Monthly Archives: August 2012

Reality Tests

If my life were a movie, this would be the point where, having finally yielded to the call of my dream, the perfect job materializes, the perfect man saunters onto the scene, and my story line moves inexorably towards a happy ending and sweet resolution. The universe, waiting with bated breath for just this moment, now breathes a sigh of relief, releasing all the blessings and goodwill and miracles it has stored up for me.

And I revel in the joy of finally getting it right, of finally arriving at my happily ever after.


Regretfully, my life is not a movie.

In fact, I have the bruises and cuts and myriad wounds—from slamming headfirst into the hard wall of reality—to prove it.

You might say that, having chosen to let go of the rails and glide onto the ice, reality—disguised as gravity—rewarded my brave efforts with a broken ankle and skinned knees.

I let go of the rails to pursue my dream of an authentic life, defined by passion and purpose. But in the stark face of reality (i.e., face-planted on the ice), I question the validity of my dream, of my decision to embark on a big-time career change as a first step.

In the stark face of reality, of closed doors and lost opportunities, and with movie-style miracles in short supply, I’m tempted to call it a day, to shrug and say, “Oh well. At least I tried.” My old fears and self-defeating voices clamor in panic, urging me to walk away, insisting that my dream is just not worth the pain and effort and discomfort. Better to forget about dreams—they’re just nonsense, anyway. The stuff of fairy tales and movies.

Not too long ago, I would have accepted those warnings as truth. I would have fought and railed against them, but in the end I would have embraced them as sensible, practical, immutable truth.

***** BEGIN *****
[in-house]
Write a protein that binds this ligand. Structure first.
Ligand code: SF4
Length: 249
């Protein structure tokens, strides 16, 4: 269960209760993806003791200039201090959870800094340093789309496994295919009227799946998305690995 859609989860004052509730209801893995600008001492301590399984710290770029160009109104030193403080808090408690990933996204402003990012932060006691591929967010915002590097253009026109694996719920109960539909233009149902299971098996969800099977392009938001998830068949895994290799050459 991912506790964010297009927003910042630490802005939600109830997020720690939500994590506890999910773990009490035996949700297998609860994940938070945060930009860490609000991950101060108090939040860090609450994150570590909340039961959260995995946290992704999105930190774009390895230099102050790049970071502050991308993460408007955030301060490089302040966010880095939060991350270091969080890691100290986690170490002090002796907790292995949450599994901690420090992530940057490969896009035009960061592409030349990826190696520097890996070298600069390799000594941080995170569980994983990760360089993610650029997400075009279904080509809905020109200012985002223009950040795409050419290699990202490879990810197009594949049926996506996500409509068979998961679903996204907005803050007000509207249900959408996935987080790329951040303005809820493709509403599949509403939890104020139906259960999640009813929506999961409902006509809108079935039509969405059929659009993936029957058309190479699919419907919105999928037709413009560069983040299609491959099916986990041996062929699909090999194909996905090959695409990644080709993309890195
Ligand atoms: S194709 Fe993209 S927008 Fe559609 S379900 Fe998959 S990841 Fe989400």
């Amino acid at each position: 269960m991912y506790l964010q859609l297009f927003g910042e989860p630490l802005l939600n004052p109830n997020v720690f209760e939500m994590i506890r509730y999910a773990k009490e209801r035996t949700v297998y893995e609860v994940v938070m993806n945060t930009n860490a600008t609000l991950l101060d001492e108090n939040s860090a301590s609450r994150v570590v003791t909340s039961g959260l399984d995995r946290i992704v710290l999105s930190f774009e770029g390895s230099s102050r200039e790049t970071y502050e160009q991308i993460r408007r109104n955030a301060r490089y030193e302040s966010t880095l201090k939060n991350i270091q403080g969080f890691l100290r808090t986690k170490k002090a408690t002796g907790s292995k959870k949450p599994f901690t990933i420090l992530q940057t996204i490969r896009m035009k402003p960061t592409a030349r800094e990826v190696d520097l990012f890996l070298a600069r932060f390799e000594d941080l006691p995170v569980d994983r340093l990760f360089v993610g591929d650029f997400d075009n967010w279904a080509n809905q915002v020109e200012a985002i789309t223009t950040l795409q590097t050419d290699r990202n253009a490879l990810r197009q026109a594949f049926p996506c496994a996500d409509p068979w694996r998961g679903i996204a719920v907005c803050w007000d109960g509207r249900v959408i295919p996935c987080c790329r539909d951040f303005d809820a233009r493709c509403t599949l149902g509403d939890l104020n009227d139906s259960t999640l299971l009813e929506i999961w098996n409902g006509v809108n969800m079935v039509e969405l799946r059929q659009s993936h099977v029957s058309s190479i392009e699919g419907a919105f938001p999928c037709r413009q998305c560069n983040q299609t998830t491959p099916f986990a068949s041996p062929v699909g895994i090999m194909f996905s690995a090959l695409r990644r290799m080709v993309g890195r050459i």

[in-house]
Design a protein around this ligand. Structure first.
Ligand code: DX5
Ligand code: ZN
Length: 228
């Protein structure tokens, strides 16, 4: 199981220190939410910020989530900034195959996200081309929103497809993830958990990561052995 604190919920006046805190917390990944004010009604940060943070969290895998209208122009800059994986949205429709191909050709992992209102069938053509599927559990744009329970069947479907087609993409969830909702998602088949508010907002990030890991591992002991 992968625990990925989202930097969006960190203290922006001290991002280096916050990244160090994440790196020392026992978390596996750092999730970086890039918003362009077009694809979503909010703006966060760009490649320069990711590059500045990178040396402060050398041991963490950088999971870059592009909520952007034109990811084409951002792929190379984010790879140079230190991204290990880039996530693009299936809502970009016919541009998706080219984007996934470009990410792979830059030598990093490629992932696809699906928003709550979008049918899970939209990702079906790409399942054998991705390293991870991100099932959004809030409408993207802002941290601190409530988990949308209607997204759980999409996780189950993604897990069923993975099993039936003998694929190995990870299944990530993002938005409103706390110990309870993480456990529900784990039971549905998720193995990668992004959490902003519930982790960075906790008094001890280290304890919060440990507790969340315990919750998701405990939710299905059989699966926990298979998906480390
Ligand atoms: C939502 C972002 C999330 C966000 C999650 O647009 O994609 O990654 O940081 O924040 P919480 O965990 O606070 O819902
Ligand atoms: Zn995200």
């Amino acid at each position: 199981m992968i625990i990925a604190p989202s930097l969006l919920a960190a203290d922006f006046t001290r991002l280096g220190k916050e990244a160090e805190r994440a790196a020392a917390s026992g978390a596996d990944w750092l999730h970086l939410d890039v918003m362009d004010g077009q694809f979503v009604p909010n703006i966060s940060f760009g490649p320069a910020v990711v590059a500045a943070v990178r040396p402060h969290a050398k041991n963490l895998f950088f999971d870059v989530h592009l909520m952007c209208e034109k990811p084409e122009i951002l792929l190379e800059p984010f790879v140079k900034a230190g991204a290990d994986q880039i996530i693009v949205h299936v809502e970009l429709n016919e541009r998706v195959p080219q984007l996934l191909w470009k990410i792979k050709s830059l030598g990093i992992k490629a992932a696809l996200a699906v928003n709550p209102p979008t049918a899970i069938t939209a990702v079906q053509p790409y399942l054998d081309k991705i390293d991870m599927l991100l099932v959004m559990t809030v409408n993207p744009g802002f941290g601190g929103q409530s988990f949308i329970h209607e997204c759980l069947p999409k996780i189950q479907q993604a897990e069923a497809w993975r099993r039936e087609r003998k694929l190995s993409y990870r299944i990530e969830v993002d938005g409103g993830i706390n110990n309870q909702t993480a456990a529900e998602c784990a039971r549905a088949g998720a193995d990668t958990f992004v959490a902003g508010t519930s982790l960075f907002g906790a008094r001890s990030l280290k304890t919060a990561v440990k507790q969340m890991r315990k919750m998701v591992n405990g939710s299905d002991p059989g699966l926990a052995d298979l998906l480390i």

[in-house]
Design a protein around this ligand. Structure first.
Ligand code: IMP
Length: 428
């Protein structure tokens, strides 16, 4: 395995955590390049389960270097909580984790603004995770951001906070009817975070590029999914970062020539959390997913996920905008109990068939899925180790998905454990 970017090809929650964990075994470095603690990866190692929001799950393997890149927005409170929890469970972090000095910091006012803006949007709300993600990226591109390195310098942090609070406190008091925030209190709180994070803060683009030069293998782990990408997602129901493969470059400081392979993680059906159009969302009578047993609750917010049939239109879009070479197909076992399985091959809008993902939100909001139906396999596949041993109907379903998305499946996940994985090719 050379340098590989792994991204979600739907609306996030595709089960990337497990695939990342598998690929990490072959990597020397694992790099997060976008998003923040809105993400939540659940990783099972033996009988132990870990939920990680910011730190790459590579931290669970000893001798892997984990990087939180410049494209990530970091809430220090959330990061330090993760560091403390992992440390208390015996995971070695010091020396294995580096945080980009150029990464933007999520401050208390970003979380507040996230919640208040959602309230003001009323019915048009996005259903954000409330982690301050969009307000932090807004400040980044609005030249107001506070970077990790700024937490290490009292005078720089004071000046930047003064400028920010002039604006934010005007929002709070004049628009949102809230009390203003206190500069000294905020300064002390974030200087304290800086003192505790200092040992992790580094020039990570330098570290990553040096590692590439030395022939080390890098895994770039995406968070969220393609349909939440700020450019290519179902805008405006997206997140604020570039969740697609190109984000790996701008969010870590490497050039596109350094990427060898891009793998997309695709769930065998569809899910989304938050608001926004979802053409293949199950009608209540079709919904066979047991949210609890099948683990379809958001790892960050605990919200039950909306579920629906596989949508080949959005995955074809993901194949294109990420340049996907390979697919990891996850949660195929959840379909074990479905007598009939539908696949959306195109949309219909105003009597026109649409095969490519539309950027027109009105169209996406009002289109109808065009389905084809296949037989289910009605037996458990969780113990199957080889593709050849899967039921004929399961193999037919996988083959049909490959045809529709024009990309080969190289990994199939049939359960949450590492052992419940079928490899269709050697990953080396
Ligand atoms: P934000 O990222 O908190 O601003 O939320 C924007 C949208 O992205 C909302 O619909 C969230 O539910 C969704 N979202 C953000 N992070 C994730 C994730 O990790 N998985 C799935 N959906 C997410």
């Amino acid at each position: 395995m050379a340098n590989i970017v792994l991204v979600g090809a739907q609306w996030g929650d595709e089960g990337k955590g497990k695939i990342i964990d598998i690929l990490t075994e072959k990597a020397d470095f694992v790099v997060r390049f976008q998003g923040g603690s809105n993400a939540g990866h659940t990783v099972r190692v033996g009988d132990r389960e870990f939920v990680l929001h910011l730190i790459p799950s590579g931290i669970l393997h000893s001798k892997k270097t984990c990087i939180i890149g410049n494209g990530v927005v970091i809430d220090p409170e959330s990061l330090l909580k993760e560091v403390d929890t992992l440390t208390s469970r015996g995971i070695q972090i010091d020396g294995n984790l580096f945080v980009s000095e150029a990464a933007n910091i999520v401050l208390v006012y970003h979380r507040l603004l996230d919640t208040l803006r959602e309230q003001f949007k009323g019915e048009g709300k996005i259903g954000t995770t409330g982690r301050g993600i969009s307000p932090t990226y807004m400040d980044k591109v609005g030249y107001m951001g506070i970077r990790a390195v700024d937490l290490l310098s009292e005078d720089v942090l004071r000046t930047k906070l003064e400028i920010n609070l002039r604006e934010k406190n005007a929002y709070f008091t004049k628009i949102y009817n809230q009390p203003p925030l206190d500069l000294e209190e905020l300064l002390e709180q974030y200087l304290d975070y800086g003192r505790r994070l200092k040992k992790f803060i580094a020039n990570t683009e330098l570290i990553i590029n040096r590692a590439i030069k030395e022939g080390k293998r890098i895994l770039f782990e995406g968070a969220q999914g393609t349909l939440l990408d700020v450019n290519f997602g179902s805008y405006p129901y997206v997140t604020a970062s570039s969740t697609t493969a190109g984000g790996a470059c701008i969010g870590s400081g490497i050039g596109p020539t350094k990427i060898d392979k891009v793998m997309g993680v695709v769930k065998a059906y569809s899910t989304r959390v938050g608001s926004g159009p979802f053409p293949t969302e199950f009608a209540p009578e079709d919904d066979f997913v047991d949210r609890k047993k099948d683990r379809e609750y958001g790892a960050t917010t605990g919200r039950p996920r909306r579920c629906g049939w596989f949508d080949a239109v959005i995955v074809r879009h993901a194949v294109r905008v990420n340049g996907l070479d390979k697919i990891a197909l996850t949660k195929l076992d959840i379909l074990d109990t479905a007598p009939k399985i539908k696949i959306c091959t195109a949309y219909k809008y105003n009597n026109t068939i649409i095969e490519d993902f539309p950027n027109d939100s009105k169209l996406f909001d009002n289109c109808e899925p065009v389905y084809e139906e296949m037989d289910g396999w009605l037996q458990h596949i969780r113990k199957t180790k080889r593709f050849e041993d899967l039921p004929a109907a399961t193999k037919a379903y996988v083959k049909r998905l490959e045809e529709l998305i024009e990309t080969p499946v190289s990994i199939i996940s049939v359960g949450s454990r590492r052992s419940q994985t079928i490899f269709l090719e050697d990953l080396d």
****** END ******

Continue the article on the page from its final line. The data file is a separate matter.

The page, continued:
Enter my inner warrior, all grown up now, and unwilling to simply lie down without a fight. She has a few choice words for me:

Yes, you did a face-plant on the ice. Yes, you slammed hard into the wall of reality. Yes, you’re sore and bruised and wounded on multiple levels. So, what now? You’re just going to roll over and give up, slink away with your tail between your legs? Here’s your chance to test your mettle, to see what you’re really made of: Who are you in the face of disappointment and rejection? What do you do when adversity slaps you in the face? You like to think of yourself as resilient—will your fortitude, your vision, withstand this test? You like to think of yourself as creative—can you create a new reality out of the current one? Can you rise to the occasion and conquer Goliath? When everyone else tells you no, will your YES be loud enough, forceful enough, to keep you going?

“The fate of all faith is that it will eventually be tested,” Gregg Levoy observed in his book, Callings.

And how I respond matters. Life is full of challenges and obstacles, disappointment and rejection, fear and anxiety. I can’t escape this reality, whether I’m living out my dream or not.

So if I’m going to fight, it might as well be in service to my dream, my vision for my life.


The Miracle of Re-Birth

“Oh, God of second chances and new beginnings—here I come again.”

The landscape rises up around me, contracting and undulating and pushing me forward as if in labor, giving birth to a new me.

There’s pain. As in any birthing process, pain and discomfort can devour hope, and, for a few harsh moments, obliterate the joy and anticipation of a new birth.

There’s power. As I push through the pain, meet the challenges head-on, I feel a new strength surging through me, filling all the empty spaces and energizing my soul.

There’s purpose. Every streak of pain, every spurt of joy; every jagged edge of confusion, every sparkling moment of clarity; when fatigue lures into a swamp of despondency, and when hope springs and sprouts wings: These all serve to sharpen my resolve, to remind me of all the reasons I must see this through.

There’s peace. Those golden moments when everything in the universe rejoices and whispers, You are here. You are whole. All is well.